Doug Supernaw is the
real thing, an honest-to goodness, unabashed country singer who sings,
speaks and lives flat-out, with gusto and an ever-present grin. Ask him
to describe himself, and he will say he's in a state of "petrified
adolescence." His approach is probably best typified by two recent
appearances: one was before a crowd of 65,000 at the Houston Livestock
and Rodeo Show, where he made his entrance descending on a guy wire from
the roof of the Astrodome: and the second, during a Canadian show, where
he took a frontal swan dive into a mud pit in the crowd while singing a
song, never missing a note. In a business where it's easy, and sometimes
convenient, to lump people into categories, there is simply no category
for this highly talented, out spoken singer.
Doug has earned a gold album and a host of award nominations, and has
proven himself both as a compelling singer and a top-drawer songwriter
(he penned his first major hit, "Reno"), but those around him say he's
never taken himself seriously or changed his basic approach to life. He
is stubbornly loyal to friends and those he works with, and he is
generous to a fault with people and causes.
He displayed his loyalty early on, sticking by his band, The Possum-Eatin'
Cowboys (the renamed Texas Steel Band), when he was urged to take on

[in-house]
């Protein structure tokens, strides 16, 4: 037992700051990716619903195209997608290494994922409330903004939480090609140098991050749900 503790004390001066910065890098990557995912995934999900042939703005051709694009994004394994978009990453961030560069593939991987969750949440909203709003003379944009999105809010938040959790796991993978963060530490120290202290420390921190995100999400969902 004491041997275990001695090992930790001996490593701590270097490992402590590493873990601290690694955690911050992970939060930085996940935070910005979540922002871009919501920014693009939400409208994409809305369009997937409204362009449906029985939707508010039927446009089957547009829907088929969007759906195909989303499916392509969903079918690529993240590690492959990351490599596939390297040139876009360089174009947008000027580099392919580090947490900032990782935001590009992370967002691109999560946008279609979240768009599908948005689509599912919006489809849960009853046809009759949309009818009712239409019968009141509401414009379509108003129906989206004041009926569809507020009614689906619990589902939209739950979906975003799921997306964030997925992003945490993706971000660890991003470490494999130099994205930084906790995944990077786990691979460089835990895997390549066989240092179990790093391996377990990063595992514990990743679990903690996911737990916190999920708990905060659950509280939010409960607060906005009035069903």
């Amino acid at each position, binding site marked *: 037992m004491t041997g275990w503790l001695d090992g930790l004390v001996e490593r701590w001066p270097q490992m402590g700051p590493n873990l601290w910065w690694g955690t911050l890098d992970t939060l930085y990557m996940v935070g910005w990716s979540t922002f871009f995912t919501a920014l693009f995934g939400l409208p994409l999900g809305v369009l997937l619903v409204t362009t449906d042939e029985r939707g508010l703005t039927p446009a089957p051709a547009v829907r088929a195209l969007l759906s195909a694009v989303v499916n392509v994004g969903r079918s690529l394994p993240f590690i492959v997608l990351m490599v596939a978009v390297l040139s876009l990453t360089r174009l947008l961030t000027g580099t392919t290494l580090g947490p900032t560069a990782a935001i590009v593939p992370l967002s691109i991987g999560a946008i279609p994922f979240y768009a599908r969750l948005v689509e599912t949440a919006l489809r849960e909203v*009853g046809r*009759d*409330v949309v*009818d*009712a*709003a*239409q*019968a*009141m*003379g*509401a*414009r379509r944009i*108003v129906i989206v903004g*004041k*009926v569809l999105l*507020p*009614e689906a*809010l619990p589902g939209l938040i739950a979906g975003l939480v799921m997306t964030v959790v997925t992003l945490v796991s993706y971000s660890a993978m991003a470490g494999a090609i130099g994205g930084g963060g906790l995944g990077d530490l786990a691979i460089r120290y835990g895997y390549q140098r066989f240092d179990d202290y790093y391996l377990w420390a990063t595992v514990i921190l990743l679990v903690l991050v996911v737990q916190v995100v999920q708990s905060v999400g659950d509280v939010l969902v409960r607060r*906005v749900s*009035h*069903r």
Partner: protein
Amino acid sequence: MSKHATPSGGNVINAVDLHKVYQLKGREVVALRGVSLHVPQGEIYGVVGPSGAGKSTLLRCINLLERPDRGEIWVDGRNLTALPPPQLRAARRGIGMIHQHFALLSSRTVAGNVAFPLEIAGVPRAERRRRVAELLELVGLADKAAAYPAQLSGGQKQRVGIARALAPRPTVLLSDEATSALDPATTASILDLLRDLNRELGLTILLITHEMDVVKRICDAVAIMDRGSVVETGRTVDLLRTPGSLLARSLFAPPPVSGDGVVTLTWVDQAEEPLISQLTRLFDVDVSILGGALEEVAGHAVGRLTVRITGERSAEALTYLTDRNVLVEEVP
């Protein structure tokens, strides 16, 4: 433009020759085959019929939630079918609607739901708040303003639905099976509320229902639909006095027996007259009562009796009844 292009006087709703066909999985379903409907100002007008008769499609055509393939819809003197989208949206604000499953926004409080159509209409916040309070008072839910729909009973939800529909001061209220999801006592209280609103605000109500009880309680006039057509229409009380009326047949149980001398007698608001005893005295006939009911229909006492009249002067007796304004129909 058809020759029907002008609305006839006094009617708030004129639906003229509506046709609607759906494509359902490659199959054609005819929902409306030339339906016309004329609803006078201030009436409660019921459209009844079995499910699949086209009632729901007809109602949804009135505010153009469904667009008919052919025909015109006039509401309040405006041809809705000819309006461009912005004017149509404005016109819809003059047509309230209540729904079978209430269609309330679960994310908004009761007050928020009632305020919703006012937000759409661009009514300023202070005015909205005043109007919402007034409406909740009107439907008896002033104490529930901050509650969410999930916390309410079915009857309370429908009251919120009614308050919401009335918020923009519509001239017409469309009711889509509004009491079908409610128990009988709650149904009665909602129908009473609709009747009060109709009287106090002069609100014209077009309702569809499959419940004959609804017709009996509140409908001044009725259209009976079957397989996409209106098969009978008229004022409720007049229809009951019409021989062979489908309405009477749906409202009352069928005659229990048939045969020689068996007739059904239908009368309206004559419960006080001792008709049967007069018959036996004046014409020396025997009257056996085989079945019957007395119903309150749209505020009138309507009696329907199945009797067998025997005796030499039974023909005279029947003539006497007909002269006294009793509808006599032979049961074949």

Nashville musicians as a tour band.
"There's a chemistry and sincerity between myself and my band that
translates to the audience," he says. "It's something that we've worked
hard on, and it's very exciting on stage."
Doug takes different approaches to his song writing and live stage show.
Musically, he admires Vern Gosdin, Gene Watson, and Willie Nelson. As an
entertainer, he adopts a free-wheeling concert style that owes some of
its attitude to Jimmy Buffett. His fervent desire to live, write and
sing with an outgoing honesty may be a native Texan's trait. "Live Free
Or Die" is a state motto that many famous Lone Star State natives live
As an artist Doug is continuing to expand himself musically in recent
projects. His remake of "Long Tall Texan" gave him the opportunity to
record with the Beach Boys, which he has been a fan of since his youth.
Another not so likely pairing was when he teamed up with the Dallas
Cowboys', Hershel Walker for a rousing sing-a long number called "Four
Scores and Seven Beers Ago."
Doug has been nominated for seven major awards, including the Academy of
Country Music's New Male Vocalist of the Year in 1994. The video for "I
Don't Call Him Daddy" was nominated for Video of the Year by both the
ACM and the Music City News. Music Row Magazine awarded Doug Video of
the Year for his self-directed video "She Never Looks Back."
Doug's fourth album,
Fadin' Renegade, was released in 1999. The second single off that
album, 21 - 17, produced
a #1 video on Great
American Country for 5 consecutive weeks.
While his voice has
been to the top of the charts, Doug readily admits there are other
singers who are more than a match for him technically. Still, he'll pit
himself against them all on the level that defines his appeal both as a
singer and as a person.
"When you're not the
worlds greatest singer, you have to reach down through your vocals and
sing from the heart." - Doug